We had a nice dinner with Matt and Patty and then drove back to our place at Star Valley. That evening we packed up our jewelry and prepared for the Arts and Craft Fair at the Barn! It’s the RV parks annual show and while it’s a small one it still gives us a chance to show our work to our friends.
After the show was over we drove to our friend Vickie’s house to celebrate a birthday only to discover coolant leaking onto the ground. Returning home, after eating birthday cake and ice cream of course, I parked the truck and decided to wait till the next day to hunt for the leak. Filling the radiator I saw the fluid start to run onto the ground.
Not being able to see where it was coming from, I then called our emergency towing service. They located a dealer able to work on the rig. Monday morning we provided entertainment for our neighbors as the tow truck loaded the truck onto a trailer, before delivering it to the repair shop in Afton.
Luckily the repair was just a broken hose on the EGR and a couple of hours later we were back on the road. We were so lucky the hose hadn’t ruptured up the four wheel drive road to Green River Lakes. Otherwise we would still be there!
Tuesday was a planned fishing day and we drove up the Greys River in search of cut throats. The Little Greys had dropped six inches and was devoid of large fish so we stopped and fished new water. I was about to start looking for rocks, in other words fishing was slow, when I decided to try a big hopper dry fly.
Two cast later and I was fast onto a fifteen inch cut throat! Luckily Renita was able to capture a picture of the fish, as I safely released it back into the stream. I wanted the image as its one of four cutthroat species, here in Wyoming, and catching and releasing all four earns one a Cut Slam Award from the Wyoming Game and Fish Department.
Having a day to relax, we actually played some pickle ball and finished up some jewelry orders. The next day we got a phone call from an antique dealer in Afton, who wanted us to come over and check out her rock collection, (we had bought a nice piece of fossil stromatolite, (fossil algae), from her the week before).
While she didn’t have any rocks we needed, (do we really need rocks?), her son stopped by and asked us to look at some of his rock collection. Driving to his house we searched through two large barrels of rocks and found some nice petrified wood. Of course we just had to have it and now we have a large collection of Blue Forest/ Big Sandy, Wyoming petrified wood.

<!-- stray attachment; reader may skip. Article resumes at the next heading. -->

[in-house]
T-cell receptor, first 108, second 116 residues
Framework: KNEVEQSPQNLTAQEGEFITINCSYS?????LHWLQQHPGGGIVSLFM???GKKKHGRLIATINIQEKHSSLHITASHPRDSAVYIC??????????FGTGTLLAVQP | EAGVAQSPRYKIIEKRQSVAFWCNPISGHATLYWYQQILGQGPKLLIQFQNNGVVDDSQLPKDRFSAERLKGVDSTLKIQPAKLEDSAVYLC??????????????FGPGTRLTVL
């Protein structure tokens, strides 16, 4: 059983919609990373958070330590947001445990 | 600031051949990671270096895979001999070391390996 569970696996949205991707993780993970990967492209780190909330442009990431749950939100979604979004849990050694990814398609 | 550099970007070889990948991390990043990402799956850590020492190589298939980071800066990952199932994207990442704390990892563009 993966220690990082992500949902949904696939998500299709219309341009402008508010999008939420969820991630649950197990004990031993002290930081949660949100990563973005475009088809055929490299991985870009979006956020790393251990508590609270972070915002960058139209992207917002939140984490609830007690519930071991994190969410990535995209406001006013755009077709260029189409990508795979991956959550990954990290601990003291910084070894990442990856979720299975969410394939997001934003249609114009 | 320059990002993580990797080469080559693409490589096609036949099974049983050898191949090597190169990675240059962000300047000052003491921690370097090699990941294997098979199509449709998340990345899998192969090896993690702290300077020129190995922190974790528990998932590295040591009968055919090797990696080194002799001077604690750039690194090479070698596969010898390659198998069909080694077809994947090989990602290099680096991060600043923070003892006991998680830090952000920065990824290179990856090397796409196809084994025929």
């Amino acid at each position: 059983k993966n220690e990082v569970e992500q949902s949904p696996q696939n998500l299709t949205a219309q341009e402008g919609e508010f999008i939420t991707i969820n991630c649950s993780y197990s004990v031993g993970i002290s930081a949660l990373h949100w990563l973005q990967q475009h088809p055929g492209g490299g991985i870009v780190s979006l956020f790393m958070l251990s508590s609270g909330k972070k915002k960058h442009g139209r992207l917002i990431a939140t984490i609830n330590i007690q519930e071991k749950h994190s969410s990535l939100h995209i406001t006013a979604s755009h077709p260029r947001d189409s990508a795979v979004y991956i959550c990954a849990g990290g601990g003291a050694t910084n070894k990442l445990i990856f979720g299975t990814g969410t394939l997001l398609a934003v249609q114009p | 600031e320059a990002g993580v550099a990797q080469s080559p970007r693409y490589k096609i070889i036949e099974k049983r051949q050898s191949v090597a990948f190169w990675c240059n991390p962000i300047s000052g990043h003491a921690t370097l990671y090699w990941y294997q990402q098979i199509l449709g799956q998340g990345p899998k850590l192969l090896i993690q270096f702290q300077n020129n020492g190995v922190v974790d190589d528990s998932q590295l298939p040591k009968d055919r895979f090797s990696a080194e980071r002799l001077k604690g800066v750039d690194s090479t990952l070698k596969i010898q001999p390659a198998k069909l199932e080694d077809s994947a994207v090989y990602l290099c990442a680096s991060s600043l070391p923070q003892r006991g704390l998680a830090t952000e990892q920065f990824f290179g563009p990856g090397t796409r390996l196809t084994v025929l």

More did happen this past week but this blog is already too long and so I will save the rest for another entry. Suffice it to say that there just isn’t enough time to do everything we want to do! Don’t laugh to hard, it’s a common complaint of retired people!

Clear skies

Saturday, July 11, 2015

A Day on The Green River, at Green River Lakes

We have been blessed to have visited so many beautiful places. Some are where the wild things are and some are in crowded cities, but all have one thing in common. Each place has given us, a moment of peace.
Of all these my favorite place is up the Green River, a place called the Green River Lakes. Here the Green River pours out of its source, Lower Green River Lake, starting its long and sinuous journey to the Colorado River, where their waters combine before trying to reach the sea.
Renita and I live one hundred and twenty miles from this place and so we decided to spend a night there. Unfortunately rain moved in and so our trip became a one day picnic as flash flood warnings had been posted.
The trip over was about three hours, of which the last eleven miles took an hour of that time. Rocks, bumps and even a little mud slowed us to a crawl as we followed the river upstream. Making the last turn the rain increased and hid the view of the beautiful alpine valley.
Driving downstream we found a nice pullover and stopped to eat lunch. The rain became a few scattered drops, for a little while anyway, and so I forgot about lunch as fish were feeding on top of the deep but still water. I cast a stimulator and then switched to a mosquito as the fish fed next to my fly but refused my offerings.
Finally, I tried on a fly called a parachute and the fish attacked it like me going after a plate of beignets,(Sorry but I made some this morning). Still I missed fish after fish, until I finally succeeded in setting the hook. It fought hard in the deep water, before I was finally able to reach down and gently lift it up. It wasn’t a trout at all but instead a mountain whitefish!
Now I really don’t care what I catch and soon I caught another, releasing both unharmed. They have a tiny mouth and so they are hard to hook. Meanwhile the rain stopped for a bit and gave us a partial glimpse of Square Top Mountain and the Wind Rivers.

More dark clouds threatened and so we cut our visit short. We were due to meet Matt and Patty at their house for dinner, not very far away. There we talked about our day and enjoyed a great meal of shrimp alfredo, (Patty is an excellent chef). Already we both want to return for a few days, now if the weather will only clear up!

Monday, July 6, 2015

Renita’s First Trout on a Fly Rod, Mountain Wildflowers, and Bees

I was pretty disgusted. After fishing pocket after pocket of good looking water I had not set a hook on a single fish. My setup was perfect, a gold beaded hare nymph with a copper john trailer. Starting to look for rocks, I decided it was too early to quit fishing and tied on a dry fly selecting a green bodied elk caddis.